Ken Saro Wiwa, Nigerian Environmental Journalist, was killed while protesting against Shell Oil and the harm their refineries causing the people living alongside them. That was 1995 and his death incensed me.
"We have to do something," I said to my Zairian friend Lydia Samboa.
Samboa was the daughter of a former ambassador to Zaire. She was a brilliant woman with a natural small-girl hair cut and was adept at getting hip upwardly mobile young Africans together. Her events always featured new musical groups from Africa or fashion shows with top African runway mannequins modeling haute couture gowns and frocks from the most coveted designers.
"We need to mobilize and fight before they re-colonize Africa."
I was living in New York City at the time and believed the sampling of Africans I saw at Samboa's gatherings was enough to cork the effervescent froth of globalization threatening to spill over the continent. In response to my plea to stand and fight the power, Samboa said something to me I'll never forget. She said that they have always come for Africa and they always will but they can never destroy Mama Africa, -Mama Africa will always be.
That was not what I was expecting to hear from this well connected African woman.
Later - years later, I realized Samboa shared something special with me about Africa and its place in our world. The vibrant, rich, soulful place we know as Africa is an integral part of the whole earth. The globe cannot exist without it. For centuries, Africa has been a magnet for people. Its influence can be felt around the entire globe. Samboa revealed to me an indestructible identity that can't be maligned or taken advantage of and is always felt. It was an identity this American born Ghanaian had to grow to understand.
I was reminded of this lesson when I talked with Jo Ellen Fair, Professor of Journalism and Mass Communications at the University of Wisconsin-Madison who has been researching the emergence of Valentine's Day, internet dating sites, and newspaper advice columns in Ghana. Fair said that "there is a notion that Western culture and Western forms are just thrown upon Africa and that Africans just can't beat this stuff away." She doesn't believe Africans are that feeble. "Africans are constantly making choices about what they want and don't want to consume in terms of culture, cultural holidays, television programs, and music," said Fair.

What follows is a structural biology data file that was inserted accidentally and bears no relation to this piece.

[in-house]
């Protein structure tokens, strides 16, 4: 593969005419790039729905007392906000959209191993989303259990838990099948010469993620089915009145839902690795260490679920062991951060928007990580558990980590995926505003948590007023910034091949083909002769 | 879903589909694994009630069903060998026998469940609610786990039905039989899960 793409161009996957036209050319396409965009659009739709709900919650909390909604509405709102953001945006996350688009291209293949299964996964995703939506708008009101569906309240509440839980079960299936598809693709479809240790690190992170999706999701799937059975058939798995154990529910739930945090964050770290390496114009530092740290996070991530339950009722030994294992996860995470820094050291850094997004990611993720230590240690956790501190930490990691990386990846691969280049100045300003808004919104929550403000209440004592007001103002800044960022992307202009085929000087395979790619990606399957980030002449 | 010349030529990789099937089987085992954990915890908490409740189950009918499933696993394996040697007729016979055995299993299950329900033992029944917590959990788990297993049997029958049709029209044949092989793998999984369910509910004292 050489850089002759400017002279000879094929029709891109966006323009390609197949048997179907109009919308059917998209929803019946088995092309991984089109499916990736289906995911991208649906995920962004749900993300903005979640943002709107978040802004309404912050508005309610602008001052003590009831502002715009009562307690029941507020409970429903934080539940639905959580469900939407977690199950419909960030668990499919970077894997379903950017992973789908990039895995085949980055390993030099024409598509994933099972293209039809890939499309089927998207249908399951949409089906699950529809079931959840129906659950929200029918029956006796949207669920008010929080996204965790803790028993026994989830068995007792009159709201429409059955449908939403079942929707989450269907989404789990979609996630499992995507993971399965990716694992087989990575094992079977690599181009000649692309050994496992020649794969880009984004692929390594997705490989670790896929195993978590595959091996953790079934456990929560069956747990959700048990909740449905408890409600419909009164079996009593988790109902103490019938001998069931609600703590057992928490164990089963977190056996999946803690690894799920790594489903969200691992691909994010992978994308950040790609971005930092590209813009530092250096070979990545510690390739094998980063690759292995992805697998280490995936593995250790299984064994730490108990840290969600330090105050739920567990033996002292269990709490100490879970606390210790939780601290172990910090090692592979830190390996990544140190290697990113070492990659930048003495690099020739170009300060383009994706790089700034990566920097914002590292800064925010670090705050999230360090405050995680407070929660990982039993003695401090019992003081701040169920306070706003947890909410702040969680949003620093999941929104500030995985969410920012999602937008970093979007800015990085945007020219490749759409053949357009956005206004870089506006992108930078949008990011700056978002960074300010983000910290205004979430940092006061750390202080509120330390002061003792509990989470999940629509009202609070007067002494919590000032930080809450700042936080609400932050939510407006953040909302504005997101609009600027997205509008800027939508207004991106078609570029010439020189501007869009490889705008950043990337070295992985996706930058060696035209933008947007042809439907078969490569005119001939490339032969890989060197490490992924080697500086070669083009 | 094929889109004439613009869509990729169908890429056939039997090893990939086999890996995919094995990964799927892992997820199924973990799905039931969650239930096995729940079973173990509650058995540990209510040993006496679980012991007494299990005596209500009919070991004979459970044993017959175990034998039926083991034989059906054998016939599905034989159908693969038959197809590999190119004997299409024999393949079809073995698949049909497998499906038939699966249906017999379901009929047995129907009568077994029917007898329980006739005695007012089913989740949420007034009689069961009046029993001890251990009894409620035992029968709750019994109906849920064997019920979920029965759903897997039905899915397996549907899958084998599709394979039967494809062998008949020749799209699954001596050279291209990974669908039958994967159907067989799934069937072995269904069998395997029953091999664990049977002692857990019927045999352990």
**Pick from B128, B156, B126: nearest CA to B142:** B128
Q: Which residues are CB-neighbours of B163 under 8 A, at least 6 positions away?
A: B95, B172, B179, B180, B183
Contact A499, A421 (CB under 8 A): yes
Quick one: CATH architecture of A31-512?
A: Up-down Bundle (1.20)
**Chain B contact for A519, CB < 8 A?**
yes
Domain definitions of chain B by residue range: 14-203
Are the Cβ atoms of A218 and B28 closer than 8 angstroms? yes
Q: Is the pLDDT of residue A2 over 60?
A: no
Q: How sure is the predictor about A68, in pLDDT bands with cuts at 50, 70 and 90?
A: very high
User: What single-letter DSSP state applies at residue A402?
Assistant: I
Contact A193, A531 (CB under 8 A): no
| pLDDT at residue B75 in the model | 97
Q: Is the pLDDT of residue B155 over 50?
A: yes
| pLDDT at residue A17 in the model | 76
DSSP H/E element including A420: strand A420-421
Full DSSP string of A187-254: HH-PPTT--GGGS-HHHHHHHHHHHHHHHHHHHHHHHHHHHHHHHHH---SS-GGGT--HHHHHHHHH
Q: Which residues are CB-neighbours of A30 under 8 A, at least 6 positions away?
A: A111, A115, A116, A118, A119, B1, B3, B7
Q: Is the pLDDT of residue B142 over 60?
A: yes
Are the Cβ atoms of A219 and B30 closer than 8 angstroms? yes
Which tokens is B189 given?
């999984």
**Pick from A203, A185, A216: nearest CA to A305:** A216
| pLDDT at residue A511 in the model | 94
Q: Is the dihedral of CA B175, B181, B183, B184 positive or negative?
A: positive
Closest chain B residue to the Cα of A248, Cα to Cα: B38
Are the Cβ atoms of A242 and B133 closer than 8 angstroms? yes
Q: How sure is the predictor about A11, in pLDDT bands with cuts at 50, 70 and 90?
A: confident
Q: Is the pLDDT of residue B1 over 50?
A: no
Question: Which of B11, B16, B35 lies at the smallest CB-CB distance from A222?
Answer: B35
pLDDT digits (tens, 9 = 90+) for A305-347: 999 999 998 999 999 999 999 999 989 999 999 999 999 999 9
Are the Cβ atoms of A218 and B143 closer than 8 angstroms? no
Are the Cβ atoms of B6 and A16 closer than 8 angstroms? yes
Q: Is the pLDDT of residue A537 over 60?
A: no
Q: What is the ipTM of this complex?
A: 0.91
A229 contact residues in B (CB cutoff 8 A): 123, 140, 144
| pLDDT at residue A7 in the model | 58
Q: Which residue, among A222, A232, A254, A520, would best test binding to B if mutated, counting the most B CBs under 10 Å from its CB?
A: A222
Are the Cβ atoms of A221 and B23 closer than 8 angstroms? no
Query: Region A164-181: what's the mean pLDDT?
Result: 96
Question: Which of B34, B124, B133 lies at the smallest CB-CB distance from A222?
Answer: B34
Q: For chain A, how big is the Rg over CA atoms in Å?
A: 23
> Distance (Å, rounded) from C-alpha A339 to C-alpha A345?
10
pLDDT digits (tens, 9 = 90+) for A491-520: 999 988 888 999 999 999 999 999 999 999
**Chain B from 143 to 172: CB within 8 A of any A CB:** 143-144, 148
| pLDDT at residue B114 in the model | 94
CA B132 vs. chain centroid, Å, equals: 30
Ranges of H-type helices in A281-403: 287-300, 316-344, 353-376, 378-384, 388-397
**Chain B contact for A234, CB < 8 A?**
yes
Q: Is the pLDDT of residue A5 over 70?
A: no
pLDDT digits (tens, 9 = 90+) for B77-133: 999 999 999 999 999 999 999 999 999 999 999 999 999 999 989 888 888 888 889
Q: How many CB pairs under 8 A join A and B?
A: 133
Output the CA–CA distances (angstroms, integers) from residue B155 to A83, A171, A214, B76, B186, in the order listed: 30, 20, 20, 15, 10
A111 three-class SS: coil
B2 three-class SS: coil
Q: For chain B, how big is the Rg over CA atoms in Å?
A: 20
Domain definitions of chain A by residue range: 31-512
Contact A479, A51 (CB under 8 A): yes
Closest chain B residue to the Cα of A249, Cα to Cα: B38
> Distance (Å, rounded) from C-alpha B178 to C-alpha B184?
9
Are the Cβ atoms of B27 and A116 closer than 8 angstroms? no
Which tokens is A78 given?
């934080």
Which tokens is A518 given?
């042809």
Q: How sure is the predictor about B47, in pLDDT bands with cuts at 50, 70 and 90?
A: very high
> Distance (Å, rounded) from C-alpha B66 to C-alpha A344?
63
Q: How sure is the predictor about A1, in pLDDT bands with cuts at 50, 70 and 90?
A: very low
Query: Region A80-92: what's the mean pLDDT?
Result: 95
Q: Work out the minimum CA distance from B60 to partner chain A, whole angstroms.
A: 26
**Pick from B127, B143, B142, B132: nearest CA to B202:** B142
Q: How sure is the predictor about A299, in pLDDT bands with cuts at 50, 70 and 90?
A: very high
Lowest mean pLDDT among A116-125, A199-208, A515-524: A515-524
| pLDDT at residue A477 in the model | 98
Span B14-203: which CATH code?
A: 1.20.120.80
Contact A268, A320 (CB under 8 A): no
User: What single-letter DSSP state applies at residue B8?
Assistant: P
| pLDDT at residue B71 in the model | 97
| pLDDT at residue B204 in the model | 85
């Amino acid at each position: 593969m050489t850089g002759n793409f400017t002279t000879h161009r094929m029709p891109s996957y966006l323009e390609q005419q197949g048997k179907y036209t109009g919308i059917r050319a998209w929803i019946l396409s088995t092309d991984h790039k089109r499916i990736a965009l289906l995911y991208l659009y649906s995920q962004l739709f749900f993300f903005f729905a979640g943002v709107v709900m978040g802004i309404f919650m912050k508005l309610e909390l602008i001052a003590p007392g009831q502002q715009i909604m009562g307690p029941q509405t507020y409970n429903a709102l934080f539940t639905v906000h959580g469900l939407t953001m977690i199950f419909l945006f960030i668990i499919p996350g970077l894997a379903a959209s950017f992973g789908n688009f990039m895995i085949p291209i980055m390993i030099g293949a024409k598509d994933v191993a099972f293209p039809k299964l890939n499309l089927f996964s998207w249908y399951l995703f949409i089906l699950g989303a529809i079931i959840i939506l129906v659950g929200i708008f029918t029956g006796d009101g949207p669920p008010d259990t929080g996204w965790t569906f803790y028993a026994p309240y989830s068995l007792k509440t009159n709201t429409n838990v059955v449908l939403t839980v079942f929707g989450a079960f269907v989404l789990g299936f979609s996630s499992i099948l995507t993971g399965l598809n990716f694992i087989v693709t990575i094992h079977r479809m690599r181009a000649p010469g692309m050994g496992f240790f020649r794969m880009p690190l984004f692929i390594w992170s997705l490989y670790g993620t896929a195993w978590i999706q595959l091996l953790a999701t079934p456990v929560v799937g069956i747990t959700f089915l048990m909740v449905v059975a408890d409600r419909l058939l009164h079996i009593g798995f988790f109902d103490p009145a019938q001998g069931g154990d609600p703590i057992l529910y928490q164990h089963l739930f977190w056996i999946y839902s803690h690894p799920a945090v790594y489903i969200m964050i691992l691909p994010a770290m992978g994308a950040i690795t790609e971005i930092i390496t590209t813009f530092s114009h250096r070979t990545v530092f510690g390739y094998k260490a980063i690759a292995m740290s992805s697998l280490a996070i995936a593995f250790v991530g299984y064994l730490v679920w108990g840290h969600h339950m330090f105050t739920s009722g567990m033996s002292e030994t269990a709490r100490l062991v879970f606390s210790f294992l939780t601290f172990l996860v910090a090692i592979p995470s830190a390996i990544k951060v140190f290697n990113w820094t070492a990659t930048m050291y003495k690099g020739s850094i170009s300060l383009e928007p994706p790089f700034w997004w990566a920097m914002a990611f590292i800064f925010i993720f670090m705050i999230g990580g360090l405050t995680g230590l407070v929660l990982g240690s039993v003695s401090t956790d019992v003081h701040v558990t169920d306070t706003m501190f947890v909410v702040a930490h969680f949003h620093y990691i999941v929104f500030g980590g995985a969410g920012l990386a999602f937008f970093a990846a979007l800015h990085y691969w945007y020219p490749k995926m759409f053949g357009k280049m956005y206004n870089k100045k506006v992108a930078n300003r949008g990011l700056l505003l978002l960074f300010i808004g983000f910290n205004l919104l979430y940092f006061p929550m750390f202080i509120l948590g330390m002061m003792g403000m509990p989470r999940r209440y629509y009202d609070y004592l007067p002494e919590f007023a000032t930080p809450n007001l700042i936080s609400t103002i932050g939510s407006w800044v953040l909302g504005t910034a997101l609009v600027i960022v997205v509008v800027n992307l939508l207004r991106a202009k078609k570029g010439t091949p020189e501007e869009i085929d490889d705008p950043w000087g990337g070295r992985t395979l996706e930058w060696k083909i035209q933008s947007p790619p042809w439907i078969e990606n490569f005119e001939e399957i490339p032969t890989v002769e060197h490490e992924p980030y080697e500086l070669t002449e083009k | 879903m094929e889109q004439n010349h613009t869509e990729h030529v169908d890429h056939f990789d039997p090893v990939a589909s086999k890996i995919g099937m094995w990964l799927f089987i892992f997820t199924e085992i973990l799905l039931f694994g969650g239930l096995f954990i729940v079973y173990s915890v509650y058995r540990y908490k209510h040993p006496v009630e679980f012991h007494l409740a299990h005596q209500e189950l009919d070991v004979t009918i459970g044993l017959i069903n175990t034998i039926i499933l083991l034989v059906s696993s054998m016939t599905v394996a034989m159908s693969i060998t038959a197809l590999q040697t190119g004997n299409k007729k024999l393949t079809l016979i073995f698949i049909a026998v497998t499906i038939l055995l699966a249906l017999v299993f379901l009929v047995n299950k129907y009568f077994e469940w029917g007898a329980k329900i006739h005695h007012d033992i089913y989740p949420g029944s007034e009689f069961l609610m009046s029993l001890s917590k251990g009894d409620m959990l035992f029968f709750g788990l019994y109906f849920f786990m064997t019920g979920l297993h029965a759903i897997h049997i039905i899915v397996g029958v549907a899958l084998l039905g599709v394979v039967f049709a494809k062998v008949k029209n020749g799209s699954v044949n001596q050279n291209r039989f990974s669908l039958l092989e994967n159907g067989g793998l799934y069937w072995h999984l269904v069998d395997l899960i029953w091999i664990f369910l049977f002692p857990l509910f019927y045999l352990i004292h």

Ghanaians had known about Valentine's Day and celebrated it on a low level. But in the early 1990s some radio stations in Accra began promoting the holiday and subsequently turned Valentine's Day into a huge observance. According to Fair, fundamentalist Christian organizations and various conservative groups did not like the growing popularity of Valentine's Day. "They believe it promotes promiscuity, discussions of sex, allows women to go out dressed improperly, wearing make up," said Fair.
Other sectors felt that the emergence of Valentine's Day afforded opportunities to talk about sexuality, HIV, and HIV prevention. "Young people are saying we love it because it is our opportunity to talk about what we expect from men and women in relationships," said Fair. Fair sees the emergence of Valentine's Day availing Ghanaians the opportunity to discuss topics that tend to be taboo subjects in Ghana society. "Modern notions of romance, relationships and marriage get discussed in contrast to traditional notions of romance, relationships and marriage," said Fair.
The same can be seen with other new media outlets like internet dating and newspaper advice columns. For instance, there are gay sections in Ghana's internet dating sites. That is significant because in much of Africa homosexuality is not acknowledged. Like America or anywhere else around the globe, Ghana internet dating sites are also fraught with scams. Some individuals misrepresent themselves and try to extort money from gullible patrons.
Nigerian scientist, Phillip Emeagwali, who many call the father of the internet, defines globalization as "the ability of many people, ideas, and technology to move from country to country." Emeagwali's definition is a nice onebecause in its simplicity he affirms the fact that globalization is not something new. In fact in Biblical times traders and travelers from the Persian Empire - which today would include Iraq and Iran - traveled to and from Africa. Interestingly, Fair says that people who lived through British colonialism feel this kind of globalization; the emergence of Valentine's Day, internet dating sites and newspaper advice columns, is the same thing.
"Young people who didn't grow up in those times are looking at globalization as a way of plugging into a larger community and they are much more fluid with their identity," said Fair. Africa is one of the most vibrant places on earth. "Africa has always taken change, always accepted change, but has always made it African," she continued. "Certainly colonialism was forced on to Africans but Africans, even in that system, found ways of subverting it, changing it, dealing with it, and the same is true of globalization."
Globalization has always been and will always be around. It would not be feared if we took time, as my friend Samboa instructed me, to realize and embrace our indestructible identity. And doing this will enable us to be conscious consumers who will welcome only those things that bless us.